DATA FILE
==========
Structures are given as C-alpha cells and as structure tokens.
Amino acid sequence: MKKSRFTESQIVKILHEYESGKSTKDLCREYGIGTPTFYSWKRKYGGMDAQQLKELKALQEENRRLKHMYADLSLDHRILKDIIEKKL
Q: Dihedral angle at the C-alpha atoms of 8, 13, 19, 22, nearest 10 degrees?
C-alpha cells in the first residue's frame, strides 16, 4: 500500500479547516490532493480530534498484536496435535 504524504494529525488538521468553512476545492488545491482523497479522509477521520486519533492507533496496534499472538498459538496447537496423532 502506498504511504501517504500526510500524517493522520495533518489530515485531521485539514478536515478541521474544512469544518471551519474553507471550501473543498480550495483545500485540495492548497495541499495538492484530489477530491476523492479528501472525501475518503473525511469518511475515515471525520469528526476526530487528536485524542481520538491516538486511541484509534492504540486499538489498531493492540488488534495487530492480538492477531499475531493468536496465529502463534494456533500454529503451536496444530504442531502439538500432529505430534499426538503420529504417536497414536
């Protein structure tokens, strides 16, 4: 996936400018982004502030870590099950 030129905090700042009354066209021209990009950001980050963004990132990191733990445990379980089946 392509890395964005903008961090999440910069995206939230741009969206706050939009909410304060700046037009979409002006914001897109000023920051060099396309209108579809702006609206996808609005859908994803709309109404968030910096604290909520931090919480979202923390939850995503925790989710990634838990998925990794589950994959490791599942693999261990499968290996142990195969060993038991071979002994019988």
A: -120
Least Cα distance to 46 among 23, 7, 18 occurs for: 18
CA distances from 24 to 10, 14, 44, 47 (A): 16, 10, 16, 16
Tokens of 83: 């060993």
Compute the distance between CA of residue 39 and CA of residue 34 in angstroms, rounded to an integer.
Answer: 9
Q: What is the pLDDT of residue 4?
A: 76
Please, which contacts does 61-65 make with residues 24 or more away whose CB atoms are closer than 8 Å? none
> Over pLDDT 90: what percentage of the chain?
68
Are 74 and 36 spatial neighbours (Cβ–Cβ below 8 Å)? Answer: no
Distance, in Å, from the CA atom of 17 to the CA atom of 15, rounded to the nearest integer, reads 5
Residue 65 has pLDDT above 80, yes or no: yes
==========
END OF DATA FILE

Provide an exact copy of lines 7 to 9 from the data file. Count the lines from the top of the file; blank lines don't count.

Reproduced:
Least Cα distance to 46 among 23, 7, 18 occurs for: 18
CA distances from 24 to 10, 14, 44, 47 (A): 16, 10, 16, 16
Tokens of 83: 């060993």